Archive for the ‘Javascript’ Category

Do you know JavaScript?

November 12, 2011

Mind blowing one!

Michael Woloszynowicz has noticed many people adding ‘JavaScript’ to their resumes without really understanding it. He explains what he feels different levels of JS developers should know and why it’s important.

Here you go!

[ Just a copy & paste from article ]

A basic level of understanding for JavaScript includes:

  • Knowing the syntax of basic programming tools such as loops, if statements, try/catch, etc.
  • Understanding function definitions including the various ways they can be defined and assigned, as well as anonymous functions
  • Understanding basic scope principles, global (window) scope versus object scope (closures excluded)
  • Understanding the role of context and the use of the ‘this’ variable
  • Understanding the different ways to instantiate and declare an object as well as functions as objects
  • Understanding JavaScript comparison operators like ‘<‘, ‘>’, ‘==’, ‘===’,  what is falsy, and how object and string comparison works, as well as casting
  • Array indexing for object attributes and functions and how this differs from actual arrays (object literals vs. array literals)

An intermediate level of understanding includes:

  • Understanding timers, how they work, and when/how they can be useful as well as asynchronous method execution
  • In depth knowledge on callbacks and function application such as the ‘call’ and ‘apply’ methods for controlling context and function argument passing
  • Understanding JSON notation and the ‘eval’ function
  • Understanding closures, how they affect the performance of your code, and how they can be used to create private variables, along with the lovely (function(){})() call
  • AJAX and object serialization

An advanced level of understanding includes:

  • Understanding a methods ‘arguments’ variable and how it can be used to overload functions through arguments.length and make recursive calls through arguments.callee. It should be noted that use of arguments.callee can be dangerous as ECMAScript 5 Strict Mode doesn’t support it, although both jQuery (up to 1.4) and Dojo take advantage of it.
  • Advanced closures such as self-memoizing functions, currying, and partially applied functions
  • Function and html prototyping, the prototype chain, and how to use base JavaScript objects and functions (e.g. Array) to minimize coding
  • Object type and the use of instanceof and typeof
  • Regular expressions and expression compiling
  • With statements and why you shouldn’t use them
  • The most difficult part of all, knowing how to tie all these tools together into clean, robust, fast, maintainable, and cross browser compatible code.
Hope, you would feel great, reading this. And also i see that you started sharpening you! 🙂

Operator “===” / identity operator / Triple equal operator

October 10, 2011

What is Triple equal operator? Where, Why & When it’s used?

In general,

Double equal (==) is called equality operator

Tripe equal (===) is called identity operator

Here are few gotchas, you would love reading!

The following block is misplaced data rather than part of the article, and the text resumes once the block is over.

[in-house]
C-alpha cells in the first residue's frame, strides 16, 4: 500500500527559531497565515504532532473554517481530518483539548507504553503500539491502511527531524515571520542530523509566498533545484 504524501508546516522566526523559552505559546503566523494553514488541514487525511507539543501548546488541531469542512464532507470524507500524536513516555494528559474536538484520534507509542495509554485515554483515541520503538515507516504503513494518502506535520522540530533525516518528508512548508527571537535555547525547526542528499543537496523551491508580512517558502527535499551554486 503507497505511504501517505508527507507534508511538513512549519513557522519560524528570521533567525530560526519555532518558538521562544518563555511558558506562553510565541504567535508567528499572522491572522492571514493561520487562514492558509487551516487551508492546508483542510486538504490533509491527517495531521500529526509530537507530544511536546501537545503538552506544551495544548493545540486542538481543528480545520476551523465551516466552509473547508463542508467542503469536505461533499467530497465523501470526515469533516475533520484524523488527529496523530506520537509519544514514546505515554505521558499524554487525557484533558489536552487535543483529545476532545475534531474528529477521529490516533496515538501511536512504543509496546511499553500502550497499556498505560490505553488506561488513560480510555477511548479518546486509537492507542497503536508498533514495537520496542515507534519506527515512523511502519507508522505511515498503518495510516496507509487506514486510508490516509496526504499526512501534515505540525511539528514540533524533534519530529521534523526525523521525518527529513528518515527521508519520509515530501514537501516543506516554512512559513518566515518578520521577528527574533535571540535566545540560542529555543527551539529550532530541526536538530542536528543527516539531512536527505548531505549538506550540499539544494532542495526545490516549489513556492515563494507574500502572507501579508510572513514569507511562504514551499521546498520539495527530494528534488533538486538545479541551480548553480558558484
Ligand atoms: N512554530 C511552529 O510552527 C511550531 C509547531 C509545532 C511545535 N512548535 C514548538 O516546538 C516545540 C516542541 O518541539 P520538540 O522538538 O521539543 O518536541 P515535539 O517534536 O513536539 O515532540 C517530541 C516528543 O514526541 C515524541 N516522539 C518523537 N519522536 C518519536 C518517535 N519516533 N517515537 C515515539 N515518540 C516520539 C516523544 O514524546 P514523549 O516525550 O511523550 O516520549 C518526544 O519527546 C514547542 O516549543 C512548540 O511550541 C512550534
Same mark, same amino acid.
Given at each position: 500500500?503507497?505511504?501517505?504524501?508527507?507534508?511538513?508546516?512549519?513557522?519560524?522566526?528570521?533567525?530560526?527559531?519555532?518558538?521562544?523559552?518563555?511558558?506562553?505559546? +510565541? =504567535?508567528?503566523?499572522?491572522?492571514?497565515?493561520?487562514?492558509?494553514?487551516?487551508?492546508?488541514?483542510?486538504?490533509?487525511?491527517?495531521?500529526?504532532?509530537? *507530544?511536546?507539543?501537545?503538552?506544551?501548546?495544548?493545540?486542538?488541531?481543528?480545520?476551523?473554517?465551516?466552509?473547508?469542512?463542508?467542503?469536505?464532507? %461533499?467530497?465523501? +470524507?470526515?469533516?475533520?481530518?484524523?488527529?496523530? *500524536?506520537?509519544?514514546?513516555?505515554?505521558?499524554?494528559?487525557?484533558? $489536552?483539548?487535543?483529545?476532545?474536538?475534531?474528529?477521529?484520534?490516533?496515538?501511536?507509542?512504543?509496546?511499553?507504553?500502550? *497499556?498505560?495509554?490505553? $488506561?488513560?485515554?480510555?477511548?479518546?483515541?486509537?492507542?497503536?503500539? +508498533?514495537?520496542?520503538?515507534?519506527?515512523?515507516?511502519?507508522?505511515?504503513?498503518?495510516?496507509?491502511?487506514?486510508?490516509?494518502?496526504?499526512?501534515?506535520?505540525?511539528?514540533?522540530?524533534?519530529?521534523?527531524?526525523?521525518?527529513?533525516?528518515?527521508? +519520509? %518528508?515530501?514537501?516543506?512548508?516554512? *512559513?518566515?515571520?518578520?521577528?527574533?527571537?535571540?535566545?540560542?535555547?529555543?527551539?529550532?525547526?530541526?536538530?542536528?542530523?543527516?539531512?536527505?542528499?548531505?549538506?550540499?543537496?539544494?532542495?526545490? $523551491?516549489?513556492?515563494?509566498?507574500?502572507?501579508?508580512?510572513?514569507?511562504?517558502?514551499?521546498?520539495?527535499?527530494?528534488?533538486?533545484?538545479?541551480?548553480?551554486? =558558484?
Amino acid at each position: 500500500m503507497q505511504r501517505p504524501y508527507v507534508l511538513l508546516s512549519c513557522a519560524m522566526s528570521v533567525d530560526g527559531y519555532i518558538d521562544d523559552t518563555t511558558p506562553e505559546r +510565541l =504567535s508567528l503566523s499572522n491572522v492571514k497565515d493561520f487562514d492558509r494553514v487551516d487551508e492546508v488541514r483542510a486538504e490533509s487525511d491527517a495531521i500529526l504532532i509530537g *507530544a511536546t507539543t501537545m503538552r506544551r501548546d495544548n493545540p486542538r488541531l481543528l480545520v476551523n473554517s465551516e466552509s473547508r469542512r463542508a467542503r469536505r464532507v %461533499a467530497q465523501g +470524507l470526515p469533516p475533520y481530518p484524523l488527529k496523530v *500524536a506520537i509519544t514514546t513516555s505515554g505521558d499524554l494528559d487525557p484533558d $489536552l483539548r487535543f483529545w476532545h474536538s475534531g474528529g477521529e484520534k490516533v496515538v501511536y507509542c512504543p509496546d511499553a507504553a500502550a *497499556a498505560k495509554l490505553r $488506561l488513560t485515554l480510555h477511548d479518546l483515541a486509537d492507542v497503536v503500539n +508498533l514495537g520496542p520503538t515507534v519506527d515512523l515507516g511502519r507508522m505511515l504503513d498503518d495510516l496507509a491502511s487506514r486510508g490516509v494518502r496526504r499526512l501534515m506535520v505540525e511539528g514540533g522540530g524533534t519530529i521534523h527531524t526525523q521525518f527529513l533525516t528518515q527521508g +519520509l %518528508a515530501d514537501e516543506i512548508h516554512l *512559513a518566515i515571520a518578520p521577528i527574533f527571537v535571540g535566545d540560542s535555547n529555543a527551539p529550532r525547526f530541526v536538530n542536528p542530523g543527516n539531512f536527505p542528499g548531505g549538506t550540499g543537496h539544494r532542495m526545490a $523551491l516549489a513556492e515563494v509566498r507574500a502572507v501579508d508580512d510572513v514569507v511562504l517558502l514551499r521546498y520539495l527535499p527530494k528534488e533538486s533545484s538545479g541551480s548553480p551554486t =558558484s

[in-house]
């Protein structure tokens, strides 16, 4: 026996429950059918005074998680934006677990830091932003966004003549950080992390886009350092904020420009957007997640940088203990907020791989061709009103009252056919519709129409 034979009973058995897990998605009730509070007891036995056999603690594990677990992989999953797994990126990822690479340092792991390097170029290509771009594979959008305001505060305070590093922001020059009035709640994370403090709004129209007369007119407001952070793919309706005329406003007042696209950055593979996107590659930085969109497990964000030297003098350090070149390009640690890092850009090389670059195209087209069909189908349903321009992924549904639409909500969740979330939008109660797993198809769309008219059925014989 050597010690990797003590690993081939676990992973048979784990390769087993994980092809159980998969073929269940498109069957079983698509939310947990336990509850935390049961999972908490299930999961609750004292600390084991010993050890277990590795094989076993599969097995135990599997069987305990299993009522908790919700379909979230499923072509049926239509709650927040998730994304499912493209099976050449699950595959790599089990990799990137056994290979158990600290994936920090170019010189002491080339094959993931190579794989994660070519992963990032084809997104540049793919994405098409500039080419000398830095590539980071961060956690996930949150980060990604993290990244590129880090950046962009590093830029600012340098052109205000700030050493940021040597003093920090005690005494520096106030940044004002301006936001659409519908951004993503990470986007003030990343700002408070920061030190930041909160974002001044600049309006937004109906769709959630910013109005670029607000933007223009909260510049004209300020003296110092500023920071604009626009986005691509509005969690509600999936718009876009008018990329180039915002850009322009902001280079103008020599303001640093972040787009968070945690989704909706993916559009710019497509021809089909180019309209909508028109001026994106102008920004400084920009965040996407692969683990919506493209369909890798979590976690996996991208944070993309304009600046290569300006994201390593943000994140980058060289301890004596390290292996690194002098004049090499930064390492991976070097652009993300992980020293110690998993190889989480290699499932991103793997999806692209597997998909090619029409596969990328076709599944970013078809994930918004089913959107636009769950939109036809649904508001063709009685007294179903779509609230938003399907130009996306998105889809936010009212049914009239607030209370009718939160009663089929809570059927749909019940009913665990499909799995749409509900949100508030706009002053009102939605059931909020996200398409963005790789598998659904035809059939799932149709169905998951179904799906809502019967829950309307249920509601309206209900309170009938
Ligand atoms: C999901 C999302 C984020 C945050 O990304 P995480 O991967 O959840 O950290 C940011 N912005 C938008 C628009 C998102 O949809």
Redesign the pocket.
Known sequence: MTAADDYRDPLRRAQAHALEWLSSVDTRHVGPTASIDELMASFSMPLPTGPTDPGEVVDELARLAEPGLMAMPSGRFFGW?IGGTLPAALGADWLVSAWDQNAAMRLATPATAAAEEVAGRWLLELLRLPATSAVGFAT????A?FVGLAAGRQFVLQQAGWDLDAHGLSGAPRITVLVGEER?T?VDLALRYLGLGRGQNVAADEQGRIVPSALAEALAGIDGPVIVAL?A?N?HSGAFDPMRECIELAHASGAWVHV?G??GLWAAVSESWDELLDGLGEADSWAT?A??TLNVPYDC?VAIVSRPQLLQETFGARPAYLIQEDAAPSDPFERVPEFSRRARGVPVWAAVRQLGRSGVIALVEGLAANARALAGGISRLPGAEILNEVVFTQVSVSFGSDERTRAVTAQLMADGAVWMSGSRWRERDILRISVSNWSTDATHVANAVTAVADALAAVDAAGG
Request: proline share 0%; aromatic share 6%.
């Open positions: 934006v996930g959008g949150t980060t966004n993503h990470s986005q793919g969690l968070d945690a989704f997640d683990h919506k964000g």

Where it’s used?

Seems that in PHP, RUBY (I haven’t played with them, but got to know through googling :)) & JavaScript

Why & When it’s used?

When we have a situation to check “both operands have the same value and are of the same type”.

Let’s see some examples in JavaScript:

‘1’ === ‘1’   // true – Same value and type

‘1’ === 1    // false – Same value but different type

‘1’ === true // false – Value and type are different

Equality operators also have their opposites 🙂

The non-identity operator ( !== ) returns true, where identity would return false.

‘1’ !== ‘1’   // false

‘1’ !==  1    // true

Then, is anything there in C#?

I don’t see the exact, but we have one, that helps to check for the same “instance” type, that’s it!

C# static method ReferenceEquals(obj1, obj2), helps to check same instance or reference equality.


Other useful references:

jQuery 1.5 major changes!

February 23, 2011

jQuery team has released their new version with some significant changes. They are all awesome. Here are some quick notes.

1).  Ajax rewrite
“…Perhaps the largest change is that a call to jQuery.ajax (or jQuery.get,, etc.) now returns a jXHR object that provides consistency to the XMLHttpRequest object across platforms (and allows you to perform previously-impossible tasks like aborting JSONP requests)…”

2). Deferred Objects
It’s an wonderful one!
“….This API allows you to work with return values that may not be immediately present (such as the return result from an asynchronous Ajax request). Additionally it gives you the ability to attach multiple event handlers (something that wasn’t previously possible in the Ajax API)….”

3).  jQuery.sub()
“ could use it to override native jQuery methods without actually affecting the methods that other users would interact with – or even create encapsulated APIs for your plugins that avoid namespace collision…”

5).  Adjacent traversal performance
“…we’ve also been able to improve the performance of some commonly-used traversal methods: .children(), .prev(), and .next()…”

5).  Build system
Using NodeJS, and avoiding the dependency upon Java/Rhino systems
You can get more information about the jQuery 1.5 on their website



Javascript: Unobtrusive, Closure and “this” keyword

December 30, 2010

I found the below urls in understanding better about Unobtrusive, Closure and “this” keyword. Hope it would help you too! 🙂 Enjoy reading…!

What is an Unobtrusive?

What is Closure?

Scope of “this” keyword: